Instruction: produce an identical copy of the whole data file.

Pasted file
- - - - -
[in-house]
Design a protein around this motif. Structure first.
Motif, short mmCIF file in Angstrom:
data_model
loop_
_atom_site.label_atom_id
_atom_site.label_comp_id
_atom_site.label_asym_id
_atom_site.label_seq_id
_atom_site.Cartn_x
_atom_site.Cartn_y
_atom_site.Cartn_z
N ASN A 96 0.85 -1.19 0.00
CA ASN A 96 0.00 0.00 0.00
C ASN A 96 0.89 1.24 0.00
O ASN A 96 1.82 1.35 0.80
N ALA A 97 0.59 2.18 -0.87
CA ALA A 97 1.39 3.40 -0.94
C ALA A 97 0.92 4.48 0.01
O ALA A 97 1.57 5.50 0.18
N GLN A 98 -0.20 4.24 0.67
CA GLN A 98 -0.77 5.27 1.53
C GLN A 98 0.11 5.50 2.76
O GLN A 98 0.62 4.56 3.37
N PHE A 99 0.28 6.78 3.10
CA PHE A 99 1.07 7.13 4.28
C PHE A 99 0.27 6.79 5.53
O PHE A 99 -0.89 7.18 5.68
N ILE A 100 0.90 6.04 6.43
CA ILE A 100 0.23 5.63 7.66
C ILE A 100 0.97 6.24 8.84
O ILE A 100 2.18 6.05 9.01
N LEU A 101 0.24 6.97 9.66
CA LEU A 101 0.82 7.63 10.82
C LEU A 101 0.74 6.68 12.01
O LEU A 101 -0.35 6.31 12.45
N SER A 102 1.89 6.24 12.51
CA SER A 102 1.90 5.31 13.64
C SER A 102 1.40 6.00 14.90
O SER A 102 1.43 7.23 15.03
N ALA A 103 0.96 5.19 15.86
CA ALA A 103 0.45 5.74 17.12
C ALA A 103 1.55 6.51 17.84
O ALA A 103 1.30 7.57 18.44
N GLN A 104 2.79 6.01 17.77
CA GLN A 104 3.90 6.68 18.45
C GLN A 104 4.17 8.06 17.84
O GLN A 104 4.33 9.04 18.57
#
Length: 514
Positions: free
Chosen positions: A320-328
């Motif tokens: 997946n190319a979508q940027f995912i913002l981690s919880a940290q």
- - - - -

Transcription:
[in-house]
Design a protein around this motif. Structure first.
Motif, short mmCIF file in Angstrom:
data_model
loop_
_atom_site.label_atom_id
_atom_site.label_comp_id
_atom_site.label_asym_id
_atom_site.label_seq_id
_atom_site.Cartn_x
_atom_site.Cartn_y
_atom_site.Cartn_z
N ASN A 96 0.85 -1.19 0.00
CA ASN A 96 0.00 0.00 0.00
C ASN A 96 0.89 1.24 0.00
O ASN A 96 1.82 1.35 0.80
N ALA A 97 0.59 2.18 -0.87
CA ALA A 97 1.39 3.40 -0.94
C ALA A 97 0.92 4.48 0.01
O ALA A 97 1.57 5.50 0.18
N GLN A 98 -0.20 4.24 0.67
CA GLN A 98 -0.77 5.27 1.53
C GLN A 98 0.11 5.50 2.76
O GLN A 98 0.62 4.56 3.37
N PHE A 99 0.28 6.78 3.10
CA PHE A 99 1.07 7.13 4.28
C PHE A 99 0.27 6.79 5.53
O PHE A 99 -0.89 7.18 5.68
N ILE A 100 0.90 6.04 6.43
CA ILE A 100 0.23 5.63 7.66
C ILE A 100 0.97 6.24 8.84
O ILE A 100 2.18 6.05 9.01
N LEU A 101 0.24 6.97 9.66
CA LEU A 101 0.82 7.63 10.82
C LEU A 101 0.74 6.68 12.01
O LEU A 101 -0.35 6.31 12.45
N SER A 102 1.89 6.24 12.51
CA SER A 102 1.90 5.31 13.64
C SER A 102 1.40 6.00 14.90
O SER A 102 1.43 7.23 15.03
N ALA A 103 0.96 5.19 15.86
CA ALA A 103 0.45 5.74 17.12
C ALA A 103 1.55 6.51 17.84
O ALA A 103 1.30 7.57 18.44
N GLN A 104 2.79 6.01 17.77
CA GLN A 104 3.90 6.68 18.45
C GLN A 104 4.17 8.06 17.84
O GLN A 104 4.33 9.04 18.57
#
Length: 514
Positions: free
Chosen positions: A320-328
């Motif tokens: 997946n190319a979508q940027f995912i913002l981690s919880a940290q």